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Coach inducted into hall of fame, fired

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Over the weekend, the Kentucky Baseball Coaches Association inducted Herb Hammond into its hall of fame. You’ll find his bust in the unemployed wing. About a week before his induction, Hammond was fired after 17 years and 414 wins in Henry Clay High School in Lexington.

Hammond officially was fired for illegal recruiting, but it also appears his sin was picking a fight with a big swinging dick in Lexington (not John Calipari) who knew his way around a rule book. Hammond ended up in a fight with Bill Hurt, whose father was Henry Clay’s longtime principal, and who is an attorney of some note in the area.

From the Lexington Herald-Leader:

Hammond said he lost his job because a “disgruntled parent” accused him of trying to recruit his son back to Henry Clay after he had transferred to Lexington Catholic last summer.

But Don Adkins, who oversees athletics for Fayette County’s public schools, said there was “substantial evidence” against Hammond, including incriminating e-mail messages, and that “the termination of his coaching duties was in a fair manner.” …

Bill Hurt, a Lexington attorney, is the parent who accused Hammond of recruiting.

Hurt’s son, Will, was Henry Clay’s starting shortstop and pitched some as a freshman last year.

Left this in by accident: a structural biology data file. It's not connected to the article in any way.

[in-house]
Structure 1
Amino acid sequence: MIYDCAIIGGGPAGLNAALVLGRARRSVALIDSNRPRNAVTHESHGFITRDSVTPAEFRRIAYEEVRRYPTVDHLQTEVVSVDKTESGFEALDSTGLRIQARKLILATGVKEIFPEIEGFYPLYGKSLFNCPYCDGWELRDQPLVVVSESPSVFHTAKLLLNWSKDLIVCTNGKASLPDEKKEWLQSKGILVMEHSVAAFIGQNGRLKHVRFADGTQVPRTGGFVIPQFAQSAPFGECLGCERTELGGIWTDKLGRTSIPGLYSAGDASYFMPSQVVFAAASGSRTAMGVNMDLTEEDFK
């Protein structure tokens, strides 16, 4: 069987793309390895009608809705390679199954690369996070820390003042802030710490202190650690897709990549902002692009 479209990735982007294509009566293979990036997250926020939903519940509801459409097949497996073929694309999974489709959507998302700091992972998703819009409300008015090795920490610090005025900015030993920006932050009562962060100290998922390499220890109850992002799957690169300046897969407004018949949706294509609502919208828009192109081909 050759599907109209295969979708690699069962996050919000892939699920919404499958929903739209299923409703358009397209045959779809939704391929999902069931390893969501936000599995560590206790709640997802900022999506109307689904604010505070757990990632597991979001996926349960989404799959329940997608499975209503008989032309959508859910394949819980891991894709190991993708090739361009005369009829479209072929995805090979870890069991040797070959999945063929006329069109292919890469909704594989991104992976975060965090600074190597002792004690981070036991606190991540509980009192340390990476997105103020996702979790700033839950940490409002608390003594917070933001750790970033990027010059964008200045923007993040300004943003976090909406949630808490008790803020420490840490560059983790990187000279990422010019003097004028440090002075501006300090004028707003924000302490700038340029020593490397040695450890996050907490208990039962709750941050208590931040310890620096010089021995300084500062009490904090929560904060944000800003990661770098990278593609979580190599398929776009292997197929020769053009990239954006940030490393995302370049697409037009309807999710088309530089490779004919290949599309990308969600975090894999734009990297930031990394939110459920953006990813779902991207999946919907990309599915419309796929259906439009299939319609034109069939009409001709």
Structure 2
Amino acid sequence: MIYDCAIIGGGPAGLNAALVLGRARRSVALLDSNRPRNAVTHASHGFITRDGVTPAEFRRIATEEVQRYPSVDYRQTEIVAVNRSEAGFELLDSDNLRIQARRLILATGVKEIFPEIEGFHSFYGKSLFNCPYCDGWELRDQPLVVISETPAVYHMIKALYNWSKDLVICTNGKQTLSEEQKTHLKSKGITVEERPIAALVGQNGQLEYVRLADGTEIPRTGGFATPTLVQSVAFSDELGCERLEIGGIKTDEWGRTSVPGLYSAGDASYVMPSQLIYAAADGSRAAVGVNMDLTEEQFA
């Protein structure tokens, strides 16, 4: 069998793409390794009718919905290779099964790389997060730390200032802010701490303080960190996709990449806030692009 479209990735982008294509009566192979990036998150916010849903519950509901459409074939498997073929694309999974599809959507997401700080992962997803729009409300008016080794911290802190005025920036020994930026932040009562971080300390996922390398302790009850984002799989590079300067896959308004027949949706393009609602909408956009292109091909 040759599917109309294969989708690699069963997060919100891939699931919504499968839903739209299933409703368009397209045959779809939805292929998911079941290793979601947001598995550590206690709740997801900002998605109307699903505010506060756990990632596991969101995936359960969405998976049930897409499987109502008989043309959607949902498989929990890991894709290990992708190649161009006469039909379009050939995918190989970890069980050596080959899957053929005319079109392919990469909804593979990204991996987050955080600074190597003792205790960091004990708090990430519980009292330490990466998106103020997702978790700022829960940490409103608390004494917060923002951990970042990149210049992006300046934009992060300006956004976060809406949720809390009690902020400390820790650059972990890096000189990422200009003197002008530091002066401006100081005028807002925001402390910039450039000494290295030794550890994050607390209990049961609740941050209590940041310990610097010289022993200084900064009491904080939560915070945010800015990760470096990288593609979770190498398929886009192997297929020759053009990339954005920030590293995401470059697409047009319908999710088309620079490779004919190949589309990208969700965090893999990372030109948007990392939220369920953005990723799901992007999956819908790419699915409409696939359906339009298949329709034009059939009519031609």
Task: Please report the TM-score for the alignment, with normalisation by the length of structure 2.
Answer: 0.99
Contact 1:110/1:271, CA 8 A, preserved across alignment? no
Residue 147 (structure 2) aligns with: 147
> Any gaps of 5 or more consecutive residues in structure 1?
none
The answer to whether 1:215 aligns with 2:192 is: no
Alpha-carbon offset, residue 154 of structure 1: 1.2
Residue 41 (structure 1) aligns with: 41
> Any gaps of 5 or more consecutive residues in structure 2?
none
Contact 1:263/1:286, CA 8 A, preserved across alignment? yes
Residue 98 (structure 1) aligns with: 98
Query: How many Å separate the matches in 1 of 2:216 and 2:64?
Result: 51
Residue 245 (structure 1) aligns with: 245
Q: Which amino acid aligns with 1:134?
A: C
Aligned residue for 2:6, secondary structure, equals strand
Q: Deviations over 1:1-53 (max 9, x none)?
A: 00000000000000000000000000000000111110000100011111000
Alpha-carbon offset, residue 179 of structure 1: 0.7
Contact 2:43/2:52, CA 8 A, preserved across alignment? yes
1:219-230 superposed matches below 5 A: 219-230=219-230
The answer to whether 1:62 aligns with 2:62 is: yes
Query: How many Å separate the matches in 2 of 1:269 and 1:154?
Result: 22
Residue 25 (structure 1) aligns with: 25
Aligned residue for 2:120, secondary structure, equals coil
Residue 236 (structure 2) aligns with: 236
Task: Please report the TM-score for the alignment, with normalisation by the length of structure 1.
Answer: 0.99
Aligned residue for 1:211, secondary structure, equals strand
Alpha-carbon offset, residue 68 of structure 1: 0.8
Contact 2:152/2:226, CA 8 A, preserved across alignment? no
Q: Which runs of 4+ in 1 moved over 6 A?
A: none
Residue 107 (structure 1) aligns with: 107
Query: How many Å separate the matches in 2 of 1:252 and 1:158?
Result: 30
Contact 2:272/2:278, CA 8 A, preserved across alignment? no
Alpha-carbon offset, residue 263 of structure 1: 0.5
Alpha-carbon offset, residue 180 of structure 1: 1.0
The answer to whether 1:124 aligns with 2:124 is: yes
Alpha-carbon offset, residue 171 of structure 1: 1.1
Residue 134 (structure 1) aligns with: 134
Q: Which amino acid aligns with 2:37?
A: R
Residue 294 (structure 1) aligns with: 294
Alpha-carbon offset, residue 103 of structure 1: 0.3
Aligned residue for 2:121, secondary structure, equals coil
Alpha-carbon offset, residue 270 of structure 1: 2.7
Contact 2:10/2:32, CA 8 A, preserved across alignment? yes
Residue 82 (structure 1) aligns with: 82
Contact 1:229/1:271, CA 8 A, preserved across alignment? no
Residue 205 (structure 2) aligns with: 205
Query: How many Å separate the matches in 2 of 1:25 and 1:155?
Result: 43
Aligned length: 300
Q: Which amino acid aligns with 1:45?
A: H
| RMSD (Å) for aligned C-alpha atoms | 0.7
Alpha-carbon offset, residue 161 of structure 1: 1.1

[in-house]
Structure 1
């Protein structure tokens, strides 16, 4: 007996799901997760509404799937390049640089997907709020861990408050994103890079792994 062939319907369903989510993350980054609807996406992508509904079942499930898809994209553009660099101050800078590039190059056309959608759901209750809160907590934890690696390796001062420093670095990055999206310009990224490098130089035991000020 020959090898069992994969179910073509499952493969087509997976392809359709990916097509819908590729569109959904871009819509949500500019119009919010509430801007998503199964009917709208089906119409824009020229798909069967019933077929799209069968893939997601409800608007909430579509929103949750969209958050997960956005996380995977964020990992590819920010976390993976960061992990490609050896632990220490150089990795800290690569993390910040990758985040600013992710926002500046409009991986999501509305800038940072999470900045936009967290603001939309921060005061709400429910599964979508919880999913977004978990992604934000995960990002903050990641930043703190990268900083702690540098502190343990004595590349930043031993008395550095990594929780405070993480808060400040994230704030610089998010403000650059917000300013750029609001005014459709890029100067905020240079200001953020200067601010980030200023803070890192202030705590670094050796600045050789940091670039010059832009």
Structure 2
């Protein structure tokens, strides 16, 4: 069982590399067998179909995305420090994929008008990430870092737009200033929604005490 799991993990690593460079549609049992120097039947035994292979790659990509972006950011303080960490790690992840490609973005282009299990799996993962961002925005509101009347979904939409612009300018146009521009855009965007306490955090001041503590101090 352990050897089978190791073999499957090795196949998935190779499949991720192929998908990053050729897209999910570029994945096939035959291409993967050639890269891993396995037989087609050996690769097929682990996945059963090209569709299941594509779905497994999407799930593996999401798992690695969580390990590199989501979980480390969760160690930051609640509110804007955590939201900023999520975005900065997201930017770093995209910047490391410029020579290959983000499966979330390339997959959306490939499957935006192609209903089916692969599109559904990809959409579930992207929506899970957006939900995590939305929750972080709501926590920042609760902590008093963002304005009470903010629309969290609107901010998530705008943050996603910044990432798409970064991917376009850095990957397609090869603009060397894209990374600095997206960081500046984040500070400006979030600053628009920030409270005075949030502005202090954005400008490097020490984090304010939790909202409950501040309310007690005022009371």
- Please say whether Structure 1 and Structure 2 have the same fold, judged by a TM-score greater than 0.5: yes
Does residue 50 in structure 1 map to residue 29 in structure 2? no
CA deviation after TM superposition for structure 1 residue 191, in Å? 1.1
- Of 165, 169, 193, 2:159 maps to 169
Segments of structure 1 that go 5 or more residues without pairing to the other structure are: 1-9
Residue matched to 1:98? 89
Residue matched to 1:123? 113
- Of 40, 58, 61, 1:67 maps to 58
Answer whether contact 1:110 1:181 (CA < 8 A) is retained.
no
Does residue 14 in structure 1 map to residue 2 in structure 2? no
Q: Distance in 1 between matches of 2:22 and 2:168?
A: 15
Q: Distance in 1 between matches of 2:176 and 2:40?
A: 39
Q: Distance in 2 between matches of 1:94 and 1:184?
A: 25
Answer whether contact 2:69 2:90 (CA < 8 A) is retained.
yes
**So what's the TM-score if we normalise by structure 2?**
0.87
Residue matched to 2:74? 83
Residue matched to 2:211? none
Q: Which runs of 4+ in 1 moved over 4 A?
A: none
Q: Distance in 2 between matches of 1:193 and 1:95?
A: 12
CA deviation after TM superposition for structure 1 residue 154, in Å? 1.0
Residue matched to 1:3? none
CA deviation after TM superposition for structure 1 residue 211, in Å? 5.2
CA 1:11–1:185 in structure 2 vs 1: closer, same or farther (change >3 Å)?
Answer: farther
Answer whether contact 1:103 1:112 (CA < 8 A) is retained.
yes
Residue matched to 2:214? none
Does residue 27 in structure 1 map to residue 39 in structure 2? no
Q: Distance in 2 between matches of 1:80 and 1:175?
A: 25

A rift developed between Hammond and Bill Hurt last season over what teams Will could play for during the summer. It culminated with the Hurts moving across town and Will transferring to Lexington Catholic.

On Hurt’s transfer papers, Henry Clay noted an objection, saying that Hurt was switching schools for athletic purposes, which led the [Kentucky High School Athletic Association] to initially rule him ineligible for his sophomore season at Lexington Catholic.

The Hurts appealed that ruling.

Before a hearing officer upheld the KHSAA’s ruling, Hammond and Bill Hurt exchanged e-mail messages that led to the recruiting allegation.

Specifically, before the Kentucky authorities ruled on the appeal Hammond e-mailed Hurt that he wanted to “get things right” so his on wouldn’t have to sit out a year because of “adult disagreements.” Hammond didn’t say exactly what he meant, and according to the Herald-Leader, Hurt thought Hammond meant that Henry Clay would drop its objection and let his son play at Lexington Catholic. So far, it looks like a coach who made a mistake of getting all man-to-man, let’s-forget-the-rules to a lawyer, and maybe some misinterpretation, but nothing fireable.

But then Hammond e-mailed Hurt a scenario detailing how his son could come back to Henry Clay and play as a sophomore, despite being banned for a year. Hurt accused Hammond of recruiting his son in violation of KHSAA rules. Then, just to prove how stupid he could possibly be, Hammond also e-mailed Lexington Catholic’s coach to tell him not to play Will Hurt as a sophomore, calling it a “dignity check” on that program. Pissed beyond belief, and with an attorney’s eye toward rules, Hurt decided to squawk that Hammond illegally worked out players during a so-called “dead” period where he was supposed to have no contact. (Hammond said he attended one summer game, but that was it.)

The school district then fired Hammond, and dropped its objection to Will Hurt’s transfer. He can play this spring as a sophomore.

No word on whether Hammond’s hall of fame induction speech was more bitter than Michael Jordan’s.